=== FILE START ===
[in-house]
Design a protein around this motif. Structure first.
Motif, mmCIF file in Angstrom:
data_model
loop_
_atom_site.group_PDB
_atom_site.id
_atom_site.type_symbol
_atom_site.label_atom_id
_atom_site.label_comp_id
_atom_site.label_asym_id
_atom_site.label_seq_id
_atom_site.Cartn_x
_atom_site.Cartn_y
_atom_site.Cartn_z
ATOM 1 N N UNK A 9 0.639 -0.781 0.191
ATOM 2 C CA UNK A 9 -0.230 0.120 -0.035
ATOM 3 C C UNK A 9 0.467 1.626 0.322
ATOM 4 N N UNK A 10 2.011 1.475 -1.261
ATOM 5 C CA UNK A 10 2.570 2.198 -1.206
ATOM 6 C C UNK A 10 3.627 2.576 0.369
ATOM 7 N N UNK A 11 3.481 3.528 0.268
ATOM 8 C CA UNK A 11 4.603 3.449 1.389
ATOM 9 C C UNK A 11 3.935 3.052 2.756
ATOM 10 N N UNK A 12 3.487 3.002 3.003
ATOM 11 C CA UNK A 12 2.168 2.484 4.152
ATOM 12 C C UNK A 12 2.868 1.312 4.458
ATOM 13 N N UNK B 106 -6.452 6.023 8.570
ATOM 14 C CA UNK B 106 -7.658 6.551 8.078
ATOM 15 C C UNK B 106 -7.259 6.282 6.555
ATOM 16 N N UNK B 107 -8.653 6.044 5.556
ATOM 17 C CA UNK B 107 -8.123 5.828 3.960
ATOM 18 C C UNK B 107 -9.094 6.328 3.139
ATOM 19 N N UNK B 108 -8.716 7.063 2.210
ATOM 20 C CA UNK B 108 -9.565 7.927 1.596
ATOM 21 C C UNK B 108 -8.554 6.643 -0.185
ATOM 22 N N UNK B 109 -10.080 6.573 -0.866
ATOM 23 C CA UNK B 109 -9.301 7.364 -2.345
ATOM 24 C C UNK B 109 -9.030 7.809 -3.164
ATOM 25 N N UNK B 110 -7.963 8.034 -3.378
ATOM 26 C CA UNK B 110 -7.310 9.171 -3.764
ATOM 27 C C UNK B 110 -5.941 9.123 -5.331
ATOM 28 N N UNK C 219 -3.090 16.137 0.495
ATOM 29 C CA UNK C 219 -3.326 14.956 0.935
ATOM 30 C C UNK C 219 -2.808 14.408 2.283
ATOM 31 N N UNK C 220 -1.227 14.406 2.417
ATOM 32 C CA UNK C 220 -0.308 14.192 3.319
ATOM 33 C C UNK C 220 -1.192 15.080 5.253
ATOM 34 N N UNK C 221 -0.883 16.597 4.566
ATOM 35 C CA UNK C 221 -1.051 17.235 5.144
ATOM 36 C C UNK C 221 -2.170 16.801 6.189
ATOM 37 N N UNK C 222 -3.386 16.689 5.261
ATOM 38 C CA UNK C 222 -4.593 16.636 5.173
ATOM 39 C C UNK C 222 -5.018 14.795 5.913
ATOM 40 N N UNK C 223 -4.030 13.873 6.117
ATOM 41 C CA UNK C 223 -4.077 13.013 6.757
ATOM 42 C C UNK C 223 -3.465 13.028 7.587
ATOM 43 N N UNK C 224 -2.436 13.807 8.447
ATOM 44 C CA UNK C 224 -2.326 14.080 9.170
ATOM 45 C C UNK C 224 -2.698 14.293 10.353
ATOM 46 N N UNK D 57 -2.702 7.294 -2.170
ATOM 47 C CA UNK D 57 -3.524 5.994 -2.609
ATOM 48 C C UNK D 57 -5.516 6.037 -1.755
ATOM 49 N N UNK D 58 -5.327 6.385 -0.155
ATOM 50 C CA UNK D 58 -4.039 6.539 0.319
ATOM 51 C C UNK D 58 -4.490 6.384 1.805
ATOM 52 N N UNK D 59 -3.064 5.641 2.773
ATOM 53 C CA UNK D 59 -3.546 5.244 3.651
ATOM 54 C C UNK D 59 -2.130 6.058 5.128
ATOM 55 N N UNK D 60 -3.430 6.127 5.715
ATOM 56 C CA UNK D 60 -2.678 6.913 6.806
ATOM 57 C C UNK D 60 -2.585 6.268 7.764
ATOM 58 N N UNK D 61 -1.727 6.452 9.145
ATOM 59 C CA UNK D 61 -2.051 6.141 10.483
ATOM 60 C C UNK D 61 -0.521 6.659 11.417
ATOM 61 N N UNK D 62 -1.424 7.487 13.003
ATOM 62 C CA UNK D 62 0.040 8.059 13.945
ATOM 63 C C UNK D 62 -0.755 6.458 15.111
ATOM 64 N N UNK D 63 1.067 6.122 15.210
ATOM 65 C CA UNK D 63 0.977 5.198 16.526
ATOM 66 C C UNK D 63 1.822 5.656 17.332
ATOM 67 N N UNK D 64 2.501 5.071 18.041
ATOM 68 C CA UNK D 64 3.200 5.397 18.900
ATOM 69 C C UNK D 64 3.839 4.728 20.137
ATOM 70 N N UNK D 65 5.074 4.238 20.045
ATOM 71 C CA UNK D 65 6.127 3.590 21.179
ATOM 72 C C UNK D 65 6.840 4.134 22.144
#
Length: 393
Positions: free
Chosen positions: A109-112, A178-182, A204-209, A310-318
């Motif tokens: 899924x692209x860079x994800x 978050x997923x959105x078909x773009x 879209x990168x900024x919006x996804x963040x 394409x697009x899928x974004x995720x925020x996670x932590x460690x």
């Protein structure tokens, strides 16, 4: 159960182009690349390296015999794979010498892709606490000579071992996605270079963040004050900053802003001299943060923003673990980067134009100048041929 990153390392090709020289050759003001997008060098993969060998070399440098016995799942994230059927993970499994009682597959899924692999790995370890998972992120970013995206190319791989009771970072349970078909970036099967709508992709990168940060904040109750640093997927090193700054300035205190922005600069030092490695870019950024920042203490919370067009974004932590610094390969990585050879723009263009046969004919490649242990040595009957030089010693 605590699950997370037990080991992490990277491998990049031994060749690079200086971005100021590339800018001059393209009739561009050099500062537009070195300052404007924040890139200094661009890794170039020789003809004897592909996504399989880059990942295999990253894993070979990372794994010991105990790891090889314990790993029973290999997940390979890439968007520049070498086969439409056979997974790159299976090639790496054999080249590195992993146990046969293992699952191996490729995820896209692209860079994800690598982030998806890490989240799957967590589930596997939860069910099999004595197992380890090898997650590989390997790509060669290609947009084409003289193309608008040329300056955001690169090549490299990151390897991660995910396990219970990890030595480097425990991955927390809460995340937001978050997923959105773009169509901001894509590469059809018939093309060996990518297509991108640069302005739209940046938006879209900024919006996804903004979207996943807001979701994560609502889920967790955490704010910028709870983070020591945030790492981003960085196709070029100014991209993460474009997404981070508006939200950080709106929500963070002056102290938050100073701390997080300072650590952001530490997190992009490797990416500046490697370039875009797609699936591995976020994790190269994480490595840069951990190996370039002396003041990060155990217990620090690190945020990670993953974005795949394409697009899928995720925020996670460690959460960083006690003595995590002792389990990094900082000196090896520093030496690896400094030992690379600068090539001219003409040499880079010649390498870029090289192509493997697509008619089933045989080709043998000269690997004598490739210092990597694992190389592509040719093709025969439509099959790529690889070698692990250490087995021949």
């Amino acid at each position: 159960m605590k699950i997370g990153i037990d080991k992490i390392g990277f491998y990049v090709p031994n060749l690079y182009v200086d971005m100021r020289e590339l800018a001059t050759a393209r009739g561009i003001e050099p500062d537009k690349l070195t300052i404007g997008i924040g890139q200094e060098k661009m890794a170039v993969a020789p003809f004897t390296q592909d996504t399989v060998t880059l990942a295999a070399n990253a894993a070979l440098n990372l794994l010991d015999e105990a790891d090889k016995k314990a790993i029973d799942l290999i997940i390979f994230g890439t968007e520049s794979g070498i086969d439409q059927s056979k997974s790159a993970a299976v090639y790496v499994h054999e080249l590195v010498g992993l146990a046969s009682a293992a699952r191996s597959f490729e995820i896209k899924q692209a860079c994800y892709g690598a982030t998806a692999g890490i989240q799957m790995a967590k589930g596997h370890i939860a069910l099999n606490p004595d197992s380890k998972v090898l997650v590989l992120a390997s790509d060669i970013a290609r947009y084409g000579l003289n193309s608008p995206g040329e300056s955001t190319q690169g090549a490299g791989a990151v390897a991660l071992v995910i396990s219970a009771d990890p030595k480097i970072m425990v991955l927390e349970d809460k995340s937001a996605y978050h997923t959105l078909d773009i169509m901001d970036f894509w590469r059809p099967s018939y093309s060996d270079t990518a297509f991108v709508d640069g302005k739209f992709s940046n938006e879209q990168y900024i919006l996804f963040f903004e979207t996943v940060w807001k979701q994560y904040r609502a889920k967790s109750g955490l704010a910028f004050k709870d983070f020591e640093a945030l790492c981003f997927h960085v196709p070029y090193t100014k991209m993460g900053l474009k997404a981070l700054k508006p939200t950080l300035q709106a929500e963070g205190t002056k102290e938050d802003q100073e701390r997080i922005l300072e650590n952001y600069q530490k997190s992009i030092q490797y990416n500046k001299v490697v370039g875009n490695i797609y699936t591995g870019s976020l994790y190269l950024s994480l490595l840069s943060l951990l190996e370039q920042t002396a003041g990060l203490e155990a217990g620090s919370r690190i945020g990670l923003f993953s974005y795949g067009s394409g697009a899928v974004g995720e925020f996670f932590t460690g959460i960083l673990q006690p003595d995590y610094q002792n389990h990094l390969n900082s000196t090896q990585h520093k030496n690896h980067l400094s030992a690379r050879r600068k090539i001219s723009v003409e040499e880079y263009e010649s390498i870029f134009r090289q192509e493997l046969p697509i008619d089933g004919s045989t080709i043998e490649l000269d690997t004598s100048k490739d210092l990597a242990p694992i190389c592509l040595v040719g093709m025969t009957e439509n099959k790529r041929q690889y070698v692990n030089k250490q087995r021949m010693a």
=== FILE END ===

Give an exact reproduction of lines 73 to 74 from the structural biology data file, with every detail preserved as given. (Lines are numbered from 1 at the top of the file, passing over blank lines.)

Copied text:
ATOM 58 N N UNK D 61 -1.727 6.452 9.145
ATOM 59 C CA UNK D 61 -2.051 6.141 10.483